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How to Get Your Message Heard in a Crowded Market

by Kathryn Roy  |  
July 6, 2010

One of my favorite marketing articles is "Marketing Malpractice: The Cause and the Cure," written by innovation guru Clayton M. Christensen, Intuit cofounder Scott Cook, and Taddy Hall of the Advertising Research Foundation.

Published in the December 2005 issue of Harvard Business Review, the article teaches important lessons about developing and differentiating products in today's crowded markets, including crafting the most effective messages.

Wrong From the Start

Christensen and his coauthors point out that product developers and marketers often set themselves up for failure right from the start by defining target segments in terms of customer types (contractors, homeowners, small businesses, large corporations) instead of customer needs. To develop and promote products that make headway in crowded markets—or even expand markets—companies should focus on the "job" that customers want accomplished.

Their article expands on the legendary observation made by Harvard Business School marketing professor Ted Levitt: People don't want a quarter-inch drill. They want a quarter-inch hole.

Almost every marketer has heard this maxim, but many fail to act on it.

The Right Approach

Look at the "job" performed by McDonald's shakes, the authors write. Observing and interviewing shake buyers and sales patterns, researchers found that a surprising number of shake sales were made during breakfast hours. Researchers discovered that many people who bought these morning shakes had long, boring commutes and needed something that would last most of their commute so they wouldn't be hungry again at 10 a.m.

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Kathryn Roy is managing partner of Precision Thinking (, a consulting firm helping B2B technology companies boost the effectiveness of their marketing and sales organizations. Reach her via or Twitter (@karoy1).

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  • by Erik Charles - CNY MMA Mon Jul 12, 2010 via web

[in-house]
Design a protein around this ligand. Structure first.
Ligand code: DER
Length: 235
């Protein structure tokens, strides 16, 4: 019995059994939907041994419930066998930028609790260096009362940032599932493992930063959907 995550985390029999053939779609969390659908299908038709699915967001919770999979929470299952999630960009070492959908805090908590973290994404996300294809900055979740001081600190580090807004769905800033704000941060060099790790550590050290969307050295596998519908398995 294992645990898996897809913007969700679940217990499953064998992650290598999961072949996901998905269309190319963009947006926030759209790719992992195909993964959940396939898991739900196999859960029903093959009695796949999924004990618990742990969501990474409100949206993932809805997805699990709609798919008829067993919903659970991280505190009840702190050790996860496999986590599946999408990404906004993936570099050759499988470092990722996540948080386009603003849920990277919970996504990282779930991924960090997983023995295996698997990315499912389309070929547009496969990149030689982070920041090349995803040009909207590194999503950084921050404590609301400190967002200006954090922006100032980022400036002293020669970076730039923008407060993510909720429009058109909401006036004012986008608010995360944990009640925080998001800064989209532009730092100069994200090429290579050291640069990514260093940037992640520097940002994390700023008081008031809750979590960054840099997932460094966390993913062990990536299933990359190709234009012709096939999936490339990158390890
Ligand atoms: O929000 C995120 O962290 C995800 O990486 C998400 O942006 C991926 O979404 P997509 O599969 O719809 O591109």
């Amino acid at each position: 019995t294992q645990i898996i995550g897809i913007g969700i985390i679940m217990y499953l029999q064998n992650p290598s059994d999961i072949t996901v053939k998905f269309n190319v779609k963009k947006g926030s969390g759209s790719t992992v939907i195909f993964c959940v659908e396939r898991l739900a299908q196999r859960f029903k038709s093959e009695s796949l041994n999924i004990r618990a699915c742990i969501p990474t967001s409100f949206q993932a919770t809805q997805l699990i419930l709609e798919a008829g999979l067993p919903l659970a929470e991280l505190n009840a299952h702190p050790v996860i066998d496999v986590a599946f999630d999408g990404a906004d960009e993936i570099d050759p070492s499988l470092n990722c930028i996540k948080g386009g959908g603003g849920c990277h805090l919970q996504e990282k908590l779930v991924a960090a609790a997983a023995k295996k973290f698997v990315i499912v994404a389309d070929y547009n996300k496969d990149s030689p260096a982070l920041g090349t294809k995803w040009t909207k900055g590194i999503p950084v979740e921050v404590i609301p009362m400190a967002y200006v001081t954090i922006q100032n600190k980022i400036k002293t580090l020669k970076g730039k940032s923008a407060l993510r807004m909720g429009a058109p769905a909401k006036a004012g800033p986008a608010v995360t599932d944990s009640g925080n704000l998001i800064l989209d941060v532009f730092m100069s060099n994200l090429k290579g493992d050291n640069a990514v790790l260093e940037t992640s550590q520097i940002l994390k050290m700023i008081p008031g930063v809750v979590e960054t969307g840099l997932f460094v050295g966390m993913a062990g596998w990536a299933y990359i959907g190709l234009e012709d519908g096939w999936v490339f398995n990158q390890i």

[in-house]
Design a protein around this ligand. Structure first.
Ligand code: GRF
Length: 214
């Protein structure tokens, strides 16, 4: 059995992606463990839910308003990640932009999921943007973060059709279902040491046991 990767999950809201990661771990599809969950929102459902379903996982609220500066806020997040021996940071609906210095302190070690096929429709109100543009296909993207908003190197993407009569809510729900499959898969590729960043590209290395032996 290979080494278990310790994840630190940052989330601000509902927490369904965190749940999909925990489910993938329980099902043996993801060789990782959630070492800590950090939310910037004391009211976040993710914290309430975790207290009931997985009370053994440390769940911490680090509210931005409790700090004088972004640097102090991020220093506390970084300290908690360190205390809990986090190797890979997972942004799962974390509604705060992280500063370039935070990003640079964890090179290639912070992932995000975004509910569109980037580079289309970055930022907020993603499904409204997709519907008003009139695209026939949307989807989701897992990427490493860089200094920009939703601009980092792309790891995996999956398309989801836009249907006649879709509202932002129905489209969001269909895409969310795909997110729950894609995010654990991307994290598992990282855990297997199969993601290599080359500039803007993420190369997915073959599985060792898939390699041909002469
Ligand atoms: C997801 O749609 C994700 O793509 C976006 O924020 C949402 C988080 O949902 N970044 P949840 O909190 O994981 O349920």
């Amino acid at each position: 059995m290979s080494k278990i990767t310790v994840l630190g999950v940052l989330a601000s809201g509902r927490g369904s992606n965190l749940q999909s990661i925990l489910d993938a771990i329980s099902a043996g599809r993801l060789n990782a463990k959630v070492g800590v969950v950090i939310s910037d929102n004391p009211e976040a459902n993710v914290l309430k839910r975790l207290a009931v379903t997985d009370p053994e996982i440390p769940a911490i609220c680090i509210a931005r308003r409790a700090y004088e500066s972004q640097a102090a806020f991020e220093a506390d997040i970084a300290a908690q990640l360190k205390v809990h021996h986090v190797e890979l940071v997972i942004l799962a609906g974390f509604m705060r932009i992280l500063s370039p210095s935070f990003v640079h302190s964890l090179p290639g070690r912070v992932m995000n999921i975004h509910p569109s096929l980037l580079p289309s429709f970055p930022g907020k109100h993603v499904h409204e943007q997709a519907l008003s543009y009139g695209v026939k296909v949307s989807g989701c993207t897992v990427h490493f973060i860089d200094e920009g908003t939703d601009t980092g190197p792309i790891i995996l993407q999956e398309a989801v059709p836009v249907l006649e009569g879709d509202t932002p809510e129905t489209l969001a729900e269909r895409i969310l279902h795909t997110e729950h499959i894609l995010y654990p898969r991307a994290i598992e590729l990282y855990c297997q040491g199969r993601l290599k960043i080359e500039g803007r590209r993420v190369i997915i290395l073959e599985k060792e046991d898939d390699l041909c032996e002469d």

Right on. I own multiple Martial Arts schools and this is exactly what I tell my staff. Find out why they want to do Martial Arts and then show them a program that can help them accomplish that goal. Thanks for sharing!

  • by Barbara Bix Tue Aug 3, 2010 via web


    Thanks for another great article! Companies are so much more noticeable when they don't blend into the crowd.

    When I present our interview results to clients looking to understand their unique value, many are often surprised to learn what their customers really valued most about their offer.

    Like MacDonald's where entertainment was as or more important than hunger, the unique value is a) not always obvious and b) elevates their messages above the competition. Instead, the "obvious" is just the price of market entry. It's the unique twist that elevates the company above the crowd in the eyes--not in everyone's eyes--but in the eyes of its most promising prospects!

    With limited resources, companies can't afford not to narrow their focus to the special requirements of those who most value what they have to offer.

    This maxim is even more true for B2B companies with long expensive sales cycles than it is to consumers. Sharp value props that resonate with prospects can knock months off the sales cycle--often a better outcome than getting the price premium that great positioning also commands.

  • by SEAN CLARK Thu Aug 5, 2010 via web

    Excellent post and a nice reminder for most.. The HBR piece is still one on my top 10 list..
    Unfortunately though, too many marketing pro's insist on ignoring the obvious, choosing instead to pound with the same dull hammer.

    I fondly refer to this still rather large group as the smokers. They still don't get it. And for those that do, they'd rather not..

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